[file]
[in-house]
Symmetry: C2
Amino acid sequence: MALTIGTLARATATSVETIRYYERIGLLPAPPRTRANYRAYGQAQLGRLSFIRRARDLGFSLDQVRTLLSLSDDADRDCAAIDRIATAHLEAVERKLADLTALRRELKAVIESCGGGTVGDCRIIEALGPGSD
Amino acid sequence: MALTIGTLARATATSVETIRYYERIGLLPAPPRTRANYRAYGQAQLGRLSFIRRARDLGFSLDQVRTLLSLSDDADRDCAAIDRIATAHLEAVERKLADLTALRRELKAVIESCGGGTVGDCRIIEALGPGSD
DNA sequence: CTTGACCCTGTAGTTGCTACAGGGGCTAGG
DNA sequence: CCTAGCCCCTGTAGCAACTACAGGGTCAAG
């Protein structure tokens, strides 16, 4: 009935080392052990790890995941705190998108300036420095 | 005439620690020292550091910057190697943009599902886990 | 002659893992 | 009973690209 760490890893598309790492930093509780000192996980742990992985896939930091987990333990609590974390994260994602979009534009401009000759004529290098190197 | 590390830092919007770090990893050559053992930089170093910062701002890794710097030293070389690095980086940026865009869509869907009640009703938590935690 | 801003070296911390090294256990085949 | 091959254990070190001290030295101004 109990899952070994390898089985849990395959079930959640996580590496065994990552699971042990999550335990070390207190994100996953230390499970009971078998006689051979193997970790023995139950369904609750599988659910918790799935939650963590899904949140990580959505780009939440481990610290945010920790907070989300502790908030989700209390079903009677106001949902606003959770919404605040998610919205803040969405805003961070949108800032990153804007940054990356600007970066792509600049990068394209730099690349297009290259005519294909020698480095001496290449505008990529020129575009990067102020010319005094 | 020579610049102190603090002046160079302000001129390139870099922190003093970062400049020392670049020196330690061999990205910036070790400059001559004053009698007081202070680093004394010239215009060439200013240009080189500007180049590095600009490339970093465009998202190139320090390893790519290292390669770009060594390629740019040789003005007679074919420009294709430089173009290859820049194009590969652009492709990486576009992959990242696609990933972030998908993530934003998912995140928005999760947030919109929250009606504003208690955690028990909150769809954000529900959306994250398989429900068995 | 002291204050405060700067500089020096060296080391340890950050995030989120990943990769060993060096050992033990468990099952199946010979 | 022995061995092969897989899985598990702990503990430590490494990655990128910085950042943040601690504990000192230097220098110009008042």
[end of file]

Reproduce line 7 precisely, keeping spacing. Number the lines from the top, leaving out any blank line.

């Protein structure tokens, strides 16, 4: 009935080392052990790890995941705190998108300036420095 | 005439620690020292550091910057190697943009599902886990 | 002659893992 | 009973690209 760490890893598309790492930093509780000192996980742990992985896939930091987990333990609590974390994260994602979009534009401009000759004529290098190197 | 590390830092919007770090990893050559053992930089170093910062701002890794710097030293070389690095980086940026865009869509869907009640009703938590935690 | 801003070296911390090294256990085949 | 091959254990070190001290030295101004 109990899952070994390898089985849990395959079930959640996580590496065994990552699971042990999550335990070390207190994100996953230390499970009971078998006689051979193997970790023995139950369904609750599988659910918790799935939650963590899904949140990580959505780009939440481990610290945010920790907070989300502790908030989700209390079903009677106001949902606003959770919404605040998610919205803040969405805003961070949108800032990153804007940054990356600007970066792509600049990068394209730099690349297009290259005519294909020698480095001496290449505008990529020129575009990067102020010319005094 | 020579610049102190603090002046160079302000001129390139870099922190003093970062400049020392670049020196330690061999990205910036070790400059001559004053009698007081202070680093004394010239215009060439200013240009080189500007180049590095600009490339970093465009998202190139320090390893790519290292390669770009060594390629740019040789003005007679074919420009294709430089173009290859820049194009590969652009492709990486576009992959990242696609990933972030998908993530934003998912995140928005999760947030919109929250009606504003208690955690028990909150769809954000529900959306994250398989429900068995 | 002291204050405060700067500089020096060296080391340890950050995030989120990943990769060993060096050992033990468990099952199946010979 | 022995061995092969897989899985598990702990503990430590490494990655990128910085950042943040601690504990000192230097220098110009008042």